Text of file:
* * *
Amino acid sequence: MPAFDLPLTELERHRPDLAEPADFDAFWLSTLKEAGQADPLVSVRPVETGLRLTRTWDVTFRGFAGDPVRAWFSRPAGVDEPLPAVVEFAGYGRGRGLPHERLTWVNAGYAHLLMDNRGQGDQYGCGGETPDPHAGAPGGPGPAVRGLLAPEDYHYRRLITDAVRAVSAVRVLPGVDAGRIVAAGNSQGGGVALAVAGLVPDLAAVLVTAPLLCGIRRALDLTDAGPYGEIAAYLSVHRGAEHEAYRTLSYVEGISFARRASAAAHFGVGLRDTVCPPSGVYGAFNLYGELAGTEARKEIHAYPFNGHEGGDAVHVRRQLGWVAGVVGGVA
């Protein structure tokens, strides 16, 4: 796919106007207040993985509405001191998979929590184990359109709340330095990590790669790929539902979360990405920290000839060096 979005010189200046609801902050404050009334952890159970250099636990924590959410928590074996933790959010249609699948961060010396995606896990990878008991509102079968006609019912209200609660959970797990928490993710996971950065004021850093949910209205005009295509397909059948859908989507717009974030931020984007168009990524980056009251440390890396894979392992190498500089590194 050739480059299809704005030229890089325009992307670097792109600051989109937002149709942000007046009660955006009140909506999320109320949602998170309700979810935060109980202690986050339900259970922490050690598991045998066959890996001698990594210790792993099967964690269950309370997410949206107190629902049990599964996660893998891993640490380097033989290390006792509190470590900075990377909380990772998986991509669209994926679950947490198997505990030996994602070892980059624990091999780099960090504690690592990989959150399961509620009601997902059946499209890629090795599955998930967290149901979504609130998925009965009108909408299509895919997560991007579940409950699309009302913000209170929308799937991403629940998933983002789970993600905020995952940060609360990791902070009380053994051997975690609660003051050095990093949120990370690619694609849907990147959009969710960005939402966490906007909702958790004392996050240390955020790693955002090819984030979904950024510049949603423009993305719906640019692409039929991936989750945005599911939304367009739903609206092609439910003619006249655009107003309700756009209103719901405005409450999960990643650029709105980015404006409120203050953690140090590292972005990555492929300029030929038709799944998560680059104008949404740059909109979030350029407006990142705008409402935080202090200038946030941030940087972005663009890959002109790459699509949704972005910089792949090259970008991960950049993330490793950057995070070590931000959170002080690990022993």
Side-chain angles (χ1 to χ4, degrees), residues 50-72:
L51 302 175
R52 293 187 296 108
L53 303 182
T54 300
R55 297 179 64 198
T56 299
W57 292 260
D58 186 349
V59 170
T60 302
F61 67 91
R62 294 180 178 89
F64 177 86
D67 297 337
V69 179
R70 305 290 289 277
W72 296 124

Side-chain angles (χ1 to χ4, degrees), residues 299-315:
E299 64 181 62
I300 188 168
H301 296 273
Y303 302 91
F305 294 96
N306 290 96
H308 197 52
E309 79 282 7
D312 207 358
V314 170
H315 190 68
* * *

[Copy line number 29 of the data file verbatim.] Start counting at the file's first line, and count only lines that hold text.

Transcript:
E309 79 282 7